With all that being said, I smoke, on average, a pack a day, so that’s RM17 down the drain daily. Multiply that by 30 days, and it’s a RM510 monthly commitment. Compile it into a yearly figure, and you’ll get RM6,120. I know how senseless it is to throw away that much money every year. This is putting aside miscellaneous triggers prompting me to smoke, like the amount of time stuck in a traffic jam, waiting, who I’m with, and stress levels. It’s important to point out that RM6,120 is a ballpark figure and it may be higher. Why? Well, there are mixed reasons, such as social events. When parties and whatnot are concerned, alcohol is always paired nicely with cigarettes and when I’m too much in the moment, I tend to be a chimney. I’d guess it’d be half a pack (RM8.50) if it were to be a long night of partying. Let’s just be clear that I do not do this often, but when it happens, it’s a bigger hole in my wallet (and lungs too). Other reasons, like awkwardness, can play an important role too. Imagine being in a situation whereby you’re with a group of people who rarely talks. That’s the time I’d sometimes excuse myself for a break from it all to go out for a smoke. I’d string along some smokers on the way, and during that smoking session, it normally helps to foster some bond, which brings me to my next point—sales. It’s common to find sales people who are smokers and there’s a good reason for that. One factor contributing to this is that you’re able to single out a particular client who smokes to have a talk somewhere away from distractions. Imagine being among a huge crowd and a potential customer of yours is a smoker. Offering him/her a cigarette outside while you both chat helps big time in building sales relationships. Of course, there are sales people who do not smoke at all. For those of you in that group, congratulations! If you’ve reached this part of my musing, kudos to you! I’ll be moving on to the second part: Why are there smokers? I can’t answer for everyone, but for me in particular, it started off as curiosity in school. When that’s added with peer influence, trying a stick or two is easy. During those days, a pack of fourteen cost RM5.50. It wasn’t until a few years later that they banned anything less than a pack of twenties. Cigarette prices having been increasing since, but by then, I was already deep into the addiction. Chances are, cigarette prices are only going to increase again. 36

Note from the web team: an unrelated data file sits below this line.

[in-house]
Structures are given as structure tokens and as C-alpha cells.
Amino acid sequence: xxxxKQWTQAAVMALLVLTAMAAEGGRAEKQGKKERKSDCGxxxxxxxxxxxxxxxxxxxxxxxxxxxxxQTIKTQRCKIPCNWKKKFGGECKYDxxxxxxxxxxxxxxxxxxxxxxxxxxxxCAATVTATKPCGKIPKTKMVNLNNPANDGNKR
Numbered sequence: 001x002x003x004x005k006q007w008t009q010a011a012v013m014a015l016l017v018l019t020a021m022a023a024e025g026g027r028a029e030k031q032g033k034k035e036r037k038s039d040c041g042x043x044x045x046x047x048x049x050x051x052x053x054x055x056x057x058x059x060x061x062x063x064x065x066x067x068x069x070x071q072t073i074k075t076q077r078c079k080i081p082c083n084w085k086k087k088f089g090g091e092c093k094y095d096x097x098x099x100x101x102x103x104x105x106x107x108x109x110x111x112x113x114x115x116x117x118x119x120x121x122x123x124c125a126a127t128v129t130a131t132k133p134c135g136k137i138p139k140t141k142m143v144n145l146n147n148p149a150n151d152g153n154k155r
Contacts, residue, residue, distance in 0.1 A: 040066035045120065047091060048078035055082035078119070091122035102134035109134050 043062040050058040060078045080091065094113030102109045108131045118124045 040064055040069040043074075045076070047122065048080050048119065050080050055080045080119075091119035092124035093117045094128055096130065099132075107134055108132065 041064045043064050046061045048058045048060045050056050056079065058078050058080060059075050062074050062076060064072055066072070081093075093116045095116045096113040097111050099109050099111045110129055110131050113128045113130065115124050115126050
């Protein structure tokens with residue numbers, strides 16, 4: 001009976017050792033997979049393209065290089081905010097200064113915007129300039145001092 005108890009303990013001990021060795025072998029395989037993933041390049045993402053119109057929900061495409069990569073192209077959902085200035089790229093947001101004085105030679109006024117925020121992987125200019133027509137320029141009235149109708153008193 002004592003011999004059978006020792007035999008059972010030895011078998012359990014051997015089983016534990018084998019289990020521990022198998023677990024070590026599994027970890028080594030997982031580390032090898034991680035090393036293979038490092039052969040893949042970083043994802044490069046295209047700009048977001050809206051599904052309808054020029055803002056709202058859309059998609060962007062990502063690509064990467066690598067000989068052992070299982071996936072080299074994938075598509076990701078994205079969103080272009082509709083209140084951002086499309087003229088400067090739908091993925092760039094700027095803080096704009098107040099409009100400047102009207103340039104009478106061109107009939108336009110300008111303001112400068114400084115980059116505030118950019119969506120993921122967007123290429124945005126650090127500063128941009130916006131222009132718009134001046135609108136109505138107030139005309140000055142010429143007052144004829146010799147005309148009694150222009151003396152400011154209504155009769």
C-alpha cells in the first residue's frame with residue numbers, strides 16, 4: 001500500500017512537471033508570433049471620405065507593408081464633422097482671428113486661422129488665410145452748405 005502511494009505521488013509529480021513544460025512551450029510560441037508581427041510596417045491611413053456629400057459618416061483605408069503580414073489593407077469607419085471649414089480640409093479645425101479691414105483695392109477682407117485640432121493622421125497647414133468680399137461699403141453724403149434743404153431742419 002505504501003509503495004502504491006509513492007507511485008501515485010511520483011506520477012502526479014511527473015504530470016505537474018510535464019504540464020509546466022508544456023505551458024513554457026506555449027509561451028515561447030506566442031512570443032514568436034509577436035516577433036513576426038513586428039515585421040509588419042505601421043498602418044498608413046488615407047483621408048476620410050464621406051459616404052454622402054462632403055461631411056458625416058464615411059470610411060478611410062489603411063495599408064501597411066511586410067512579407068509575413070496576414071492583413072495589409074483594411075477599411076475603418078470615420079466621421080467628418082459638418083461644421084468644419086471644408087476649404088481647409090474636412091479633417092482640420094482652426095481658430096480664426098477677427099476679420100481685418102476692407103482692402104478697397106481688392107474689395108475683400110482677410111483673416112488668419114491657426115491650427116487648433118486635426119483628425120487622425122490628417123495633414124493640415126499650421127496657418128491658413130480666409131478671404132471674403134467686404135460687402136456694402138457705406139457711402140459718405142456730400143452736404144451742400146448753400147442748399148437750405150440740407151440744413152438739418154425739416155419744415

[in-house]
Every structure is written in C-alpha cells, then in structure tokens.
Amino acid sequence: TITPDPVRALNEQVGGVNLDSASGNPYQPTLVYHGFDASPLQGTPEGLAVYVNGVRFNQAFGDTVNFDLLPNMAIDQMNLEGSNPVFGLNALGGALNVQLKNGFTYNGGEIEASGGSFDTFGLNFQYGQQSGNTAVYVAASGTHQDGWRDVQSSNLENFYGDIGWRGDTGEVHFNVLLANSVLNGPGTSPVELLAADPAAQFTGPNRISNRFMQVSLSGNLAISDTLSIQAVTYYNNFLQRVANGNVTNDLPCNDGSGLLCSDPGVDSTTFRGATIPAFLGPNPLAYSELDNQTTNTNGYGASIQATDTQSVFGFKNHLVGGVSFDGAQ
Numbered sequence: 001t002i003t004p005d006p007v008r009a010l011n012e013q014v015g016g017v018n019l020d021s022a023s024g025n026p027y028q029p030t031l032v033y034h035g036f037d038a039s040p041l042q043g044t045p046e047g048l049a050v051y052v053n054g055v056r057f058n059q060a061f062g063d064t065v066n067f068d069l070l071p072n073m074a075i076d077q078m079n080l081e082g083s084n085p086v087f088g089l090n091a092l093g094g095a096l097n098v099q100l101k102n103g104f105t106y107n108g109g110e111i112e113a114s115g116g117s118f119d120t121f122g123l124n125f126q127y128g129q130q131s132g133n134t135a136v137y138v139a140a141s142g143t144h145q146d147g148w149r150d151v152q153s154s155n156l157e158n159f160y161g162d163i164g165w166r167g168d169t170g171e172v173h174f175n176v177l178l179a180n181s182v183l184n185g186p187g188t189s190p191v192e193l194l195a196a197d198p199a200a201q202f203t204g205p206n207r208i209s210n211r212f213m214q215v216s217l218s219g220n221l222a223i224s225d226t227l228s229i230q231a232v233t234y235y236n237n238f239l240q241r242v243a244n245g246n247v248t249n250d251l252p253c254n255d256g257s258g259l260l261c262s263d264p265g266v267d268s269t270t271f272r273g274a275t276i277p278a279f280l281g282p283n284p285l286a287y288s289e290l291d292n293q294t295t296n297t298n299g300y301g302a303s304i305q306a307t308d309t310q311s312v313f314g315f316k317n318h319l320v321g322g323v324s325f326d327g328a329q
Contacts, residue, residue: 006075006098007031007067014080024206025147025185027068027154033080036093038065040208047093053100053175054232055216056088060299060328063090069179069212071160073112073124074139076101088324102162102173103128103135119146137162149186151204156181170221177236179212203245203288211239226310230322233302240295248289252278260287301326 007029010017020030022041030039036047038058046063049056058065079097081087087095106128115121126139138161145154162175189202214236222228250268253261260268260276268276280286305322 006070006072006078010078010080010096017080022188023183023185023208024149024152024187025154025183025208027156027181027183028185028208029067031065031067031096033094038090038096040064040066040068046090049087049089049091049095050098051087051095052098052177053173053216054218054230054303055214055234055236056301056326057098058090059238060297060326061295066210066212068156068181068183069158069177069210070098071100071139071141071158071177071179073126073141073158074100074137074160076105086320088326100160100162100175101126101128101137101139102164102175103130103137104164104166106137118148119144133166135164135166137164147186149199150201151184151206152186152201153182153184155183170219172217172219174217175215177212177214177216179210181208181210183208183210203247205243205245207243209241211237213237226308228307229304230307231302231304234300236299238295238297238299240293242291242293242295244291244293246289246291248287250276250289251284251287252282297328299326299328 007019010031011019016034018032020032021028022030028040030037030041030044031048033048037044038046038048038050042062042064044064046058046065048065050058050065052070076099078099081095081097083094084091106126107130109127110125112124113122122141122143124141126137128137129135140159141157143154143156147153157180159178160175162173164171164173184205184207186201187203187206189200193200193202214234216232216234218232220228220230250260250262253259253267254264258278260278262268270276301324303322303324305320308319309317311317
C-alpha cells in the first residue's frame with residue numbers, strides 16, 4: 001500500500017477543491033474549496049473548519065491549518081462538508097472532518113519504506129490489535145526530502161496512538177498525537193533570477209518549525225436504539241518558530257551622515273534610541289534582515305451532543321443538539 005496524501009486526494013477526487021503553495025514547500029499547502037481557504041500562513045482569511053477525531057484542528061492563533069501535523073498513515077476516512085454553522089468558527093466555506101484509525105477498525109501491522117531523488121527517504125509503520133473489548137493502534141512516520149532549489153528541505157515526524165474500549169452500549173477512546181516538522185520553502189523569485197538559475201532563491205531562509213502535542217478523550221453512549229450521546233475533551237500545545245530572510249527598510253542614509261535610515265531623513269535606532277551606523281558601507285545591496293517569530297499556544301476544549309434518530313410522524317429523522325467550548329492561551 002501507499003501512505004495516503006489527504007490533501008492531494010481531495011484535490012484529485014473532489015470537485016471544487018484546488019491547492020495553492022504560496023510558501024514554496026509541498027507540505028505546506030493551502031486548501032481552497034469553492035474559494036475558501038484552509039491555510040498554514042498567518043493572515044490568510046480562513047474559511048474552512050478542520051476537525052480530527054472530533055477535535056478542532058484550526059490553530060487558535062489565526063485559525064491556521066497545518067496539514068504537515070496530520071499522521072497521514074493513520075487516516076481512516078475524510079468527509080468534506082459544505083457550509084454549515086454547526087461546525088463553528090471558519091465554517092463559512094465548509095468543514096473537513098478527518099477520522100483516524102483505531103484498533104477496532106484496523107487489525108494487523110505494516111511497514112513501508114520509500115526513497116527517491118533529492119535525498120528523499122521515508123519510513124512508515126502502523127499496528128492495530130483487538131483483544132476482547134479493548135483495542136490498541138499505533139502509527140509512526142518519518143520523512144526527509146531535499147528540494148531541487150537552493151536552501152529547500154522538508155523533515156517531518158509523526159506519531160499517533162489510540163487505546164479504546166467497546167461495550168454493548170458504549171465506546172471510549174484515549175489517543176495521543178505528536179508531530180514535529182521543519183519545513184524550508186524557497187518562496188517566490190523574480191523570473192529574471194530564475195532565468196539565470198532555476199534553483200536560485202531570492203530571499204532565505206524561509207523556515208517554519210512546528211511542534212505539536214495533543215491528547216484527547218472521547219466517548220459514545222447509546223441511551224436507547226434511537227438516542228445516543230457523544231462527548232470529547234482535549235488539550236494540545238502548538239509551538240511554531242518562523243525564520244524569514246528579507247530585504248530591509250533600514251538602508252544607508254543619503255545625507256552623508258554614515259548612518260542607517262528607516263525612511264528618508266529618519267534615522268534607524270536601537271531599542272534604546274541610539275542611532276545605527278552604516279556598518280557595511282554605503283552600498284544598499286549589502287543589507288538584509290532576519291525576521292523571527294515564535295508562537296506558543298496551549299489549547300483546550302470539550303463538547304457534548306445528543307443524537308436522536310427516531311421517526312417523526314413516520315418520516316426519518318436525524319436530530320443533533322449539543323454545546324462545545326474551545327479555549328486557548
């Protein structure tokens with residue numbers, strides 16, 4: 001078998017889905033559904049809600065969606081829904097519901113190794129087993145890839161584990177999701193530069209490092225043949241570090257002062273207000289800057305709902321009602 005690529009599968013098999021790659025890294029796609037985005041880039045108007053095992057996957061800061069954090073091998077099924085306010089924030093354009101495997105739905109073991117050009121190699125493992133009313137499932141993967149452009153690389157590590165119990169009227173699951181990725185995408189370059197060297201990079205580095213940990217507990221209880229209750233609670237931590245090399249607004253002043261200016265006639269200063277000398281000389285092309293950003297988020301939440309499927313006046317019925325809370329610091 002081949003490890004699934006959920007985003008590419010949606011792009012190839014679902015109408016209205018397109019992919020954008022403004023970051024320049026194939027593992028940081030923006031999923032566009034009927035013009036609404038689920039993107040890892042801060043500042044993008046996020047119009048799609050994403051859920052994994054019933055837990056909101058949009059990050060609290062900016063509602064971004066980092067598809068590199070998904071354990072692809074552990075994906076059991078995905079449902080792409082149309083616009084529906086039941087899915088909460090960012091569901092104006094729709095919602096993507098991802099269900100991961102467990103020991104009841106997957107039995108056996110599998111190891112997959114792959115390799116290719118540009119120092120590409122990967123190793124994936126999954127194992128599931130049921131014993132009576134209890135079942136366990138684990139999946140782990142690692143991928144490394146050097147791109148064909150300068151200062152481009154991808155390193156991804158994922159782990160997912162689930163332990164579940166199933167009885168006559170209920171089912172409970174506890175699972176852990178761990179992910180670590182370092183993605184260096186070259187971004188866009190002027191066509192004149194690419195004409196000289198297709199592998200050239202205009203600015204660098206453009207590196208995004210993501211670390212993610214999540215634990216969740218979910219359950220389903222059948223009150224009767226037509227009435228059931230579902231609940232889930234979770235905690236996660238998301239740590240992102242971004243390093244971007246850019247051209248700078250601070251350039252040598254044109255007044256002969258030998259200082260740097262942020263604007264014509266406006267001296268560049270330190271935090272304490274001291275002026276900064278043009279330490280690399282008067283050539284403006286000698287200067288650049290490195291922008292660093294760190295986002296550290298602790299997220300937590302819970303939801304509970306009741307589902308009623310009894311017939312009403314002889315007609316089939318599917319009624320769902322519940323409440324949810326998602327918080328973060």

I regret starting the habit but, as they say, old habits die hard. I’m curbing my intake for the moment but to say that I could stop completely remains to be a yearly resolution I postpone time and time again. I hope that I speak for smokers everywhere that smoking is more innate that most people think. I agree that it’s more of a psychological than physical addiction, and it’s no excuse for my bad habit, but quitting isn’t as easy. Some of you lot might be thinking, “Wait… I’ve known smokers who went cold turkey (stopping completely) and they could do it.” Sadly, I’m not one of them, and there are only a handful of these sort of people. You’d also need to consider that there are also cases of them reverting to their old ways, or sticking strictly to social smoking. I’ve talked to those who’ve gone through cold turkey successfully, and the thing they emphasized on was a stronger reason to quit than to continue smoking. Some wanted to be a good father, some had a health scare, some wanted to save money, but it all comes down to a personal reason. Sadly, I’ve not reached that level yet, just like many of other smokers out there. Let’s just put it this way. If smoking was that easy to quit, the tobacco industry would bankrupt instantly, and if that were the case, I’m positive that the government would lose tonnes of revenue. Why? Because every pack of cigarette is taxed at RM4. Trust me, I used to work in a cigarette company and that was how much it cost during my time. Yes, smoking is bad. Yes, smoking risks the health of those around you. Yes, smoking is a waste of money. Yes, I should quit. Everyone knows the hazards and if you don’t there’s always the google god. You have understand that I’m just doing my civic duty for the younger generation; the more I smoke, the less cigarettes will be available for the youth to smoke. (Bad joke again?) I’m not advocating smoking. On the contrary, I am against anyone starting the habit. It’s not cool. For those who are already stuck on smoking, I hope this piece of mine resonates with you that you’re not the only one trying to quit. Believe me when I say I know how hard it is to stop. As I write this, I’ve committed to trying to quit again, and hopefully, this time round, I’ll be successful. The pyramids weren’t built in a day, just as for people like me, quitting takes more than a day’s attempt. Good luck, smokers! And to non-smokers, believe me! We’re trying our best to not kill you with our second-hand smoke. 37